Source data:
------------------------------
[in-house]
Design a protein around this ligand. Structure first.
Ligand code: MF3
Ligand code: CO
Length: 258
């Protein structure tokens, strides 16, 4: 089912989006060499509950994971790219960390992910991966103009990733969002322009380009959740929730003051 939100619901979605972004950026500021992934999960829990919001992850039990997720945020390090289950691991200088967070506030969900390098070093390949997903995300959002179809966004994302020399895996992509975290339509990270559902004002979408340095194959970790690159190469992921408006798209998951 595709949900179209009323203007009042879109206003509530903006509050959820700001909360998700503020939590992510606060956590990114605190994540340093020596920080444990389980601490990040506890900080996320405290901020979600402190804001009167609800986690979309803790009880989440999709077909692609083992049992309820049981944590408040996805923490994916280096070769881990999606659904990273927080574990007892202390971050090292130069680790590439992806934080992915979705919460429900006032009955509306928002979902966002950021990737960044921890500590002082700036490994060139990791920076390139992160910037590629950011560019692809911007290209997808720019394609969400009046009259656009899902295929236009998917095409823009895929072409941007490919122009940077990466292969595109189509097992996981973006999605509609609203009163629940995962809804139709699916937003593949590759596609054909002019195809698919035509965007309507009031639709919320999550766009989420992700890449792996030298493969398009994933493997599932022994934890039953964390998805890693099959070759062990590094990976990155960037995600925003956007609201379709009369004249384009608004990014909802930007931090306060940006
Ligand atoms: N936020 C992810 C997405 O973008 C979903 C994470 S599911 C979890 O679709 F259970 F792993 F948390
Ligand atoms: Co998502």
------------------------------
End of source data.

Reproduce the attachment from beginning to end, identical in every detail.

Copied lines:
[in-house]
Design a protein around this ligand. Structure first.
Ligand code: MF3
Ligand code: CO
Length: 258
């Protein structure tokens, strides 16, 4: 089912989006060499509950994971790219960390992910991966103009990733969002322009380009959740929730003051 939100619901979605972004950026500021992934999960829990919001992850039990997720945020390090289950691991200088967070506030969900390098070093390949997903995300959002179809966004994302020399895996992509975290339509990270559902004002979408340095194959970790690159190469992921408006798209998951 595709949900179209009323203007009042879109206003509530903006509050959820700001909360998700503020939590992510606060956590990114605190994540340093020596920080444990389980601490990040506890900080996320405290901020979600402190804001009167609800986690979309803790009880989440999709077909692609083992049992309820049981944590408040996805923490994916280096070769881990999606659904990273927080574990007892202390971050090292130069680790590439992806934080992915979705919460429900006032009955509306928002979902966002950021990737960044921890500590002082700036490994060139990791920076390139992160910037590629950011560019692809911007290209997808720019394609969400009046009259656009899902295929236009998917095409823009895929072409941007490919122009940077990466292969595109189509097992996981973006999605509609609203009163629940995962809804139709699916937003593949590759596609054909002019195809698919035509965007309507009031639709919320999550766009989420992700890449792996030298493969398009994933493997599932022994934890039953964390998805890693099959070759062990590094990976990155960037995600925003956007609201379709009369004249384009608004990014909802930007931090306060940006
Ligand atoms: N936020 C992810 C997405 O973008 C979903 C994470 S599911 C979890 O679709 F259970 F792993 F948390
Ligand atoms: Co998502």